Grand Prix: Sao Paulo, which I didn’t attend, still contained an extremely valuable lesson which I learned with Shuhei and Saito: Make sure you know exactly what is required when traveling to a foreign country. Specifically, when planning to go somewhere somewhat obscure (let’s say anywhere other than the U.S. or Japan, and anything in the EU, for Americans), make sure to check to see if they require a visa and what is required to get one. I’ve talked to enough people who have no idea what this is, so I’ll explain. I’m not talking about a credit card. A visa is a document that countries can require of citizens of other countries to enter their country. I think they would theoretically be required to go most everywhere, by default, but many countries have treaties with each other not to require them. Still, there are many countries that America requires visas from (basically because they want to keep closer tabs on people from those countries, to make sure they’re not planning to stay in America, I think), and many of them require visas from Americans (largely for leverage in negotiating to have America stop requiring visas of their citizens, as far as I can tell). Getting one requires varying amounts of paperwork depending on the country, and also costs some (again variable) amount of money. I didn’t know that Brazil required a visa in time to get in.

U.S. Nationals was my last chance to play Faeries. I thought it was over. I thought Great Sable Stag was the final nail in the coffin and I would have to play something else, but as results from other countries came in and the Standard metagame shifted, it looked like the best option by the time Nationals came around. I finished 10th, continuing my grand tradition this year of being extremely well prepared to play Faeries, but not having as much practice in Limited as I’d like, and putting up merely average results in that portion. Not much more to take away, just a continued reminder that I need to play more Limited for mixed format events. It’s just so hard to do because the payoff feels so much lower for any time put into Limited. Given all the data I have supporting the importance of testing Constructed, I’m still not sure how best to proceed on correcting my preparation for multi-format events.

The remaining Limited GPs are something of a blur of mediocre finishes, failure, jet lag, and only average preparation. Too much time spent traveling, and not enough time spent drafting. It’s really hard to prepare properly when so many days are lost in transit. This has led to my conclusion that I need to take fewer trips abroad this year, which should be fine, as the Midwest Master Series and the StarCityGames.com $10k Open series should give me plenty to play in this country.

Pro Tour: Austin was only marginally better than Pro Tour: Honolulu. I’d played a lot of matches, but almost all of them involved Zoo. We couldn’t find a deck that beat it consistently enough to justify testing against other decks, but the result is that I felt like I knew only a small portion of the format, and also like I kind of had to play Zoo. Again, this was my fault – stretching myself too thin. This time it was taking a week off right before the Pro Tour to play in the World of Warcraft Miniatures World Championship Tournament. It was entirely correct for me to play in that, since it was probably my most profitable weekend of the year, but it certainly created an unwelcome gap in my Extended preparation.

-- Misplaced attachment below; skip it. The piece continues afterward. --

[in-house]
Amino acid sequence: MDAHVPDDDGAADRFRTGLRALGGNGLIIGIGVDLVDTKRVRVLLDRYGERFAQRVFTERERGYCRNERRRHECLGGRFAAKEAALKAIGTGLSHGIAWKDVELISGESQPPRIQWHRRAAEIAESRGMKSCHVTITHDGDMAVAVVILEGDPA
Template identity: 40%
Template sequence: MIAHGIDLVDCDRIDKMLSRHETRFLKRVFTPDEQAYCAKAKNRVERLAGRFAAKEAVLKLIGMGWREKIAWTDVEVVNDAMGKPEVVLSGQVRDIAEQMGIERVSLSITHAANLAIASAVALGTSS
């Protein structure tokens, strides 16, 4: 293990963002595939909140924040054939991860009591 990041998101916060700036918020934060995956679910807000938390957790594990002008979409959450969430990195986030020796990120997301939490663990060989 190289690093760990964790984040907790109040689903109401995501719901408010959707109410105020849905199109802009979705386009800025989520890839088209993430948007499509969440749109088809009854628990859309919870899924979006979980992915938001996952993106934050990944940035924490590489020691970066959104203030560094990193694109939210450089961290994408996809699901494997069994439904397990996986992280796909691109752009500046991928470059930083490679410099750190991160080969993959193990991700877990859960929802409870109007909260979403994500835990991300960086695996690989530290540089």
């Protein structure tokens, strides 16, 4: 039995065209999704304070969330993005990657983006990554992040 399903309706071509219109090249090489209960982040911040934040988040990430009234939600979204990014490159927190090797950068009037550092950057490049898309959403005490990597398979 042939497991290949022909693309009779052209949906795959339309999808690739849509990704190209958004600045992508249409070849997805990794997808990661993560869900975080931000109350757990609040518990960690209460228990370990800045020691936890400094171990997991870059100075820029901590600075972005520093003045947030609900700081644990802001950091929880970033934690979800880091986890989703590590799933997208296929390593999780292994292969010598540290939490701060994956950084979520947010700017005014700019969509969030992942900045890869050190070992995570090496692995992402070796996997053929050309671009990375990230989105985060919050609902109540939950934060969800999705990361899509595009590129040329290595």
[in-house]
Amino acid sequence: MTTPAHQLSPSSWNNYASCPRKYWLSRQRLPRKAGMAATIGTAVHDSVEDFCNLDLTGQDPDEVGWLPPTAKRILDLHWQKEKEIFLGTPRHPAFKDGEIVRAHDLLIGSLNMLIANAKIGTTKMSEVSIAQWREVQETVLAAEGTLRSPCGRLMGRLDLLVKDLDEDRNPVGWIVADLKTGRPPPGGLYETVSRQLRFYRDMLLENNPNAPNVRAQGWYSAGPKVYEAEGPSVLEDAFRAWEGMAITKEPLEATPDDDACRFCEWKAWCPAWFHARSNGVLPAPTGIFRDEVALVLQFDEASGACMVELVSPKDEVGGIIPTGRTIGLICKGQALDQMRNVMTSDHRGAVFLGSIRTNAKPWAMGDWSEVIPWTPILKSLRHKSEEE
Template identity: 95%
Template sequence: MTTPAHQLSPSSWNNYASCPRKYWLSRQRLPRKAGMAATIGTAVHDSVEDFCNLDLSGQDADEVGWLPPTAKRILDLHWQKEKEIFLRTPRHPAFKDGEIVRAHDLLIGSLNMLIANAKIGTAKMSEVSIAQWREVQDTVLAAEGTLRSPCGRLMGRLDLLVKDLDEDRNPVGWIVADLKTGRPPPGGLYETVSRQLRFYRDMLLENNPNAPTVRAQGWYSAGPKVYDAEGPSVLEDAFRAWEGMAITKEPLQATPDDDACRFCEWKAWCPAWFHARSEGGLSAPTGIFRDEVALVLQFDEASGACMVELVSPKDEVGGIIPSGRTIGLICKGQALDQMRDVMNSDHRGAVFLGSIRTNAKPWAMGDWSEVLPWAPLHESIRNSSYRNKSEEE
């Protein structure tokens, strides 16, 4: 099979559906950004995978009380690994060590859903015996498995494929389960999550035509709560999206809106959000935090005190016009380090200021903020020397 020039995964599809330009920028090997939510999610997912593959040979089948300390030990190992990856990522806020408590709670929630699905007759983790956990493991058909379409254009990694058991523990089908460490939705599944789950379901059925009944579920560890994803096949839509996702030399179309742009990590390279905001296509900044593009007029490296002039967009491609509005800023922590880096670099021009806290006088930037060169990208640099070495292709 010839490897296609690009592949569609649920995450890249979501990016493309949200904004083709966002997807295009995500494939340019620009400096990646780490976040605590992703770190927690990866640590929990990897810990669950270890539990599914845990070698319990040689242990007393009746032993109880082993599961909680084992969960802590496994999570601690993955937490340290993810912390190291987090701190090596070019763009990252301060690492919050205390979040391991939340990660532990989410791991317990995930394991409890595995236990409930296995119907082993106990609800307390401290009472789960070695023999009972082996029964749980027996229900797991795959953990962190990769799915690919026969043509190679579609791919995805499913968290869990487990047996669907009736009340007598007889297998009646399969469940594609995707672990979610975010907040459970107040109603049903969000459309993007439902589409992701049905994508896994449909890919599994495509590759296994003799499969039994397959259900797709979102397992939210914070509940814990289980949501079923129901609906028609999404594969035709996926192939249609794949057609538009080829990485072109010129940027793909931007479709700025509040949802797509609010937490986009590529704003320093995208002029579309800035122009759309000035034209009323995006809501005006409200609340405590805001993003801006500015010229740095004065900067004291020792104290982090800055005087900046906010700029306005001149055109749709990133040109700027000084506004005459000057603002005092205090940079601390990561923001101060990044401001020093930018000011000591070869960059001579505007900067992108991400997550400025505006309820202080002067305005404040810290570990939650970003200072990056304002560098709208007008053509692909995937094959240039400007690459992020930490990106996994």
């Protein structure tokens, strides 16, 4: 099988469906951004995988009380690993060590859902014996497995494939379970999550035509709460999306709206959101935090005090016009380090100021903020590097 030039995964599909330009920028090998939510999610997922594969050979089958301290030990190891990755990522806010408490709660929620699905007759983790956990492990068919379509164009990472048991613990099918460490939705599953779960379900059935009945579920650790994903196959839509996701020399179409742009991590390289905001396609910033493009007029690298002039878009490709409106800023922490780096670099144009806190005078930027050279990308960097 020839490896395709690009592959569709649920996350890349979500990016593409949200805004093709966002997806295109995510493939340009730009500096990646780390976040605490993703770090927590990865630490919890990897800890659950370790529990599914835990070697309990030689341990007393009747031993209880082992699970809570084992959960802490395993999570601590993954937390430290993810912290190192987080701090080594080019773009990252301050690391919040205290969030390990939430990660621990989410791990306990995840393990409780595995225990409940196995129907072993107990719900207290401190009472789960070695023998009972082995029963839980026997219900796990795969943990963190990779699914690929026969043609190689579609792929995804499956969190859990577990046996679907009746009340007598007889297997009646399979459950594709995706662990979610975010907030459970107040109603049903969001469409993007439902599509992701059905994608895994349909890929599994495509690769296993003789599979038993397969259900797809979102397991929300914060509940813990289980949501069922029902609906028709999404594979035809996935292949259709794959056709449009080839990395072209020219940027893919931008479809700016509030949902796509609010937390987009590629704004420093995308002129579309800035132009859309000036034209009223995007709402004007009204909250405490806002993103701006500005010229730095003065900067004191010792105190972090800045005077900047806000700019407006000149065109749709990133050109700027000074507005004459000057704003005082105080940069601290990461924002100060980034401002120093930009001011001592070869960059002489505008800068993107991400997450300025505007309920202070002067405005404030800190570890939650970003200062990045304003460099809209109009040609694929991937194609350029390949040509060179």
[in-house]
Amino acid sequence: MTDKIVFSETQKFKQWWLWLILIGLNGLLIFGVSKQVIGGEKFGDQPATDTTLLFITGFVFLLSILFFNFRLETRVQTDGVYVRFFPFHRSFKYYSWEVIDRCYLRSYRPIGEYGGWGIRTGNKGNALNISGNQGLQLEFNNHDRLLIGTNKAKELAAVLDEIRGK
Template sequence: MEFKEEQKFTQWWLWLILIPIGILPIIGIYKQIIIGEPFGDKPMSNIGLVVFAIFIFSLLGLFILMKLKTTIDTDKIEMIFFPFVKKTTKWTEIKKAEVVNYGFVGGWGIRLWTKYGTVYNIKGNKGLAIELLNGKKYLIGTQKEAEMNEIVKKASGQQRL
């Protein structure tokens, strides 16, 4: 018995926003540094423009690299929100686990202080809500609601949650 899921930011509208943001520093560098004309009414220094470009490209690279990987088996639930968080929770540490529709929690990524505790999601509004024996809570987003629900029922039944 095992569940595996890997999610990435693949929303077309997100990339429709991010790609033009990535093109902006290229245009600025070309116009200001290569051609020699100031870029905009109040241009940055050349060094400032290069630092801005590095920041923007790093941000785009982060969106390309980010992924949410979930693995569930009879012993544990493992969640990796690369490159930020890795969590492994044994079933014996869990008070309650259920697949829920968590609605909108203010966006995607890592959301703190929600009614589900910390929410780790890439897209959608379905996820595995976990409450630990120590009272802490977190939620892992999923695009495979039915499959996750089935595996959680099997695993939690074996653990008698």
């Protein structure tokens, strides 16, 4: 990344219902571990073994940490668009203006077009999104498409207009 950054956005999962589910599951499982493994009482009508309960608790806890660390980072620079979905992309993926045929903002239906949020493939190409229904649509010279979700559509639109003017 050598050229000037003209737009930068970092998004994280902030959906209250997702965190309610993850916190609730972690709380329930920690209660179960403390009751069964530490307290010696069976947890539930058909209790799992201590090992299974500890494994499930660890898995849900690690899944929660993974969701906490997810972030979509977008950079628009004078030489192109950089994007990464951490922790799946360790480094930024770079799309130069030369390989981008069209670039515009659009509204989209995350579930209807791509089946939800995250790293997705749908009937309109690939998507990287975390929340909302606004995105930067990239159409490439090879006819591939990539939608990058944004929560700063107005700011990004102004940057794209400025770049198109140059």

The real lesson from the Pro Tour is something I’ve written about before. Our testing was flawed in that we didn’t put enough work into testing with or against the best lists possible; we just wanted to get a general feel for what the deck was trying to do, so we figured any list was fine. Details matter a lot, and I think we dismissed most archetypes not because they were bad, but because our lists were bad. This is part of why I like testing on Magic Online. You’re always playing against something that someone believes in enough to put money on it, and they probably have a reasonable list.

Worlds, of course, was a disaster that was so close to working out. I’d finally put in a reasonable amount of work again, and I’d done it in an almost reasonable fashion. I had found a new method of testing that I was very happy with (putting physical decks with real cards together). I had reasonable lists to test with and against. The only problem is that I was too lazy to build sideboards, and tested only game 1s, and had no idea how to sideboard. The lesson, which I’ve since put into place, is to build 75 card decks and only play post sideboard games. Try different sideboard plans while testing. This helps address both the problems from Austin (because you’re always thinking about changing cards as you try to work out the proper plan) and the problem from Worlds.

In summary, this year has shown that hard work pays off, but only if it’s the right kind of work. I’ve had teachers in the past say, “It’s not practice that makes perfect, it’s ‘perfect practice makes perfect.'” My results in Magic this year support that. I’ve taken a lot of steps to learn how to properly prepare, and I’ve learned that that takes time, and it also includes being in proper physical condition, and this means travel has to be limited, at least for me, for now. Ideally, soon I’ll have gotten better at the game and at preparing, and I’ll be able to succeed with a little less time invested, and then I’ll be able to travel more again.

Thanks for reading, enjoy the holidays, and remember that while there probably isn’t a tournament right now, the next season is just around the corner, and it’s extremely beneficial to get a head start.